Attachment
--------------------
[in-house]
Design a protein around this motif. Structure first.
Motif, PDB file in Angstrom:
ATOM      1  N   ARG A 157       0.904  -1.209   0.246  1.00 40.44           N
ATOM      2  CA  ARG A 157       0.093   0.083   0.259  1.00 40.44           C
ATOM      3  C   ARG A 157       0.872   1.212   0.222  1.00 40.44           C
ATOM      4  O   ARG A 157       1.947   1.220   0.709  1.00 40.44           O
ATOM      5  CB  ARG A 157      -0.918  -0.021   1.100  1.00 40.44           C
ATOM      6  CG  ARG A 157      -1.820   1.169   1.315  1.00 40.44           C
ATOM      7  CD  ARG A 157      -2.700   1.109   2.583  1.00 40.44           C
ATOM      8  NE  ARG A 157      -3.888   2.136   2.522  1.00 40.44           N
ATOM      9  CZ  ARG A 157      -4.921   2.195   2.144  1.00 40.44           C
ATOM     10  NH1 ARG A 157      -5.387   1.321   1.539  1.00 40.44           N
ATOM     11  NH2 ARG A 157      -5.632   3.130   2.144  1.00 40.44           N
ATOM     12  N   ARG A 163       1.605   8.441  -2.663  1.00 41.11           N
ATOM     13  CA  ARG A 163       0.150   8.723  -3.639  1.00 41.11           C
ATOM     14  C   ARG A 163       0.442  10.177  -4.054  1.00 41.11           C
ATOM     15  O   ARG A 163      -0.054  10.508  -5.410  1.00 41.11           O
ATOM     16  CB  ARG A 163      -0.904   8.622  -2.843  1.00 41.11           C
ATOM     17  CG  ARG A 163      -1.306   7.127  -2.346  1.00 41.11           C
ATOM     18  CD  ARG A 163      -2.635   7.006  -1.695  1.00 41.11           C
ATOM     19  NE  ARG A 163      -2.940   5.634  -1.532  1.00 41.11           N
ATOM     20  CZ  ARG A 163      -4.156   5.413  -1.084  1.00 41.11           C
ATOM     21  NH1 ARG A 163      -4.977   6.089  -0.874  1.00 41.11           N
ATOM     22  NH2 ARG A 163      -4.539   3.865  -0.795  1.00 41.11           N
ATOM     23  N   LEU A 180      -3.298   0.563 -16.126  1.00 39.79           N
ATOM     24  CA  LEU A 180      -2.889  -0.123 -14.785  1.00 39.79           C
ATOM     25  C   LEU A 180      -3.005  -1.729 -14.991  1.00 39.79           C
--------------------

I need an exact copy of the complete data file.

[in-house]
Design a protein around this motif. Structure first.
Motif, PDB file in Angstrom:
ATOM      1  N   ARG A 157       0.904  -1.209   0.246  1.00 40.44           N
ATOM      2  CA  ARG A 157       0.093   0.083   0.259  1.00 40.44           C
ATOM      3  C   ARG A 157       0.872   1.212   0.222  1.00 40.44           C
ATOM      4  O   ARG A 157       1.947   1.220   0.709  1.00 40.44           O
ATOM      5  CB  ARG A 157      -0.918  -0.021   1.100  1.00 40.44           C
ATOM      6  CG  ARG A 157      -1.820   1.169   1.315  1.00 40.44           C
ATOM      7  CD  ARG A 157      -2.700   1.109   2.583  1.00 40.44           C
ATOM      8  NE  ARG A 157      -3.888   2.136   2.522  1.00 40.44           N
ATOM      9  CZ  ARG A 157      -4.921   2.195   2.144  1.00 40.44           C
ATOM     10  NH1 ARG A 157      -5.387   1.321   1.539  1.00 40.44           N
ATOM     11  NH2 ARG A 157      -5.632   3.130   2.144  1.00 40.44           N
ATOM     12  N   ARG A 163       1.605   8.441  -2.663  1.00 41.11           N
ATOM     13  CA  ARG A 163       0.150   8.723  -3.639  1.00 41.11           C
ATOM     14  C   ARG A 163       0.442  10.177  -4.054  1.00 41.11           C
ATOM     15  O   ARG A 163      -0.054  10.508  -5.410  1.00 41.11           O
ATOM     16  CB  ARG A 163      -0.904   8.622  -2.843  1.00 41.11           C
ATOM     17  CG  ARG A 163      -1.306   7.127  -2.346  1.00 41.11           C
ATOM     18  CD  ARG A 163      -2.635   7.006  -1.695  1.00 41.11           C
ATOM     19  NE  ARG A 163      -2.940   5.634  -1.532  1.00 41.11           N
ATOM     20  CZ  ARG A 163      -4.156   5.413  -1.084  1.00 41.11           C
ATOM     21  NH1 ARG A 163      -4.977   6.089  -0.874  1.00 41.11           N
ATOM     22  NH2 ARG A 163      -4.539   3.865  -0.795  1.00 41.11           N
ATOM     23  N   LEU A 180      -3.298   0.563 -16.126  1.00 39.79           N
ATOM     24  CA  LEU A 180      -2.889  -0.123 -14.785  1.00 39.79           C
ATOM     25  C   LEU A 180      -3.005  -1.729 -14.991  1.00 39.79           C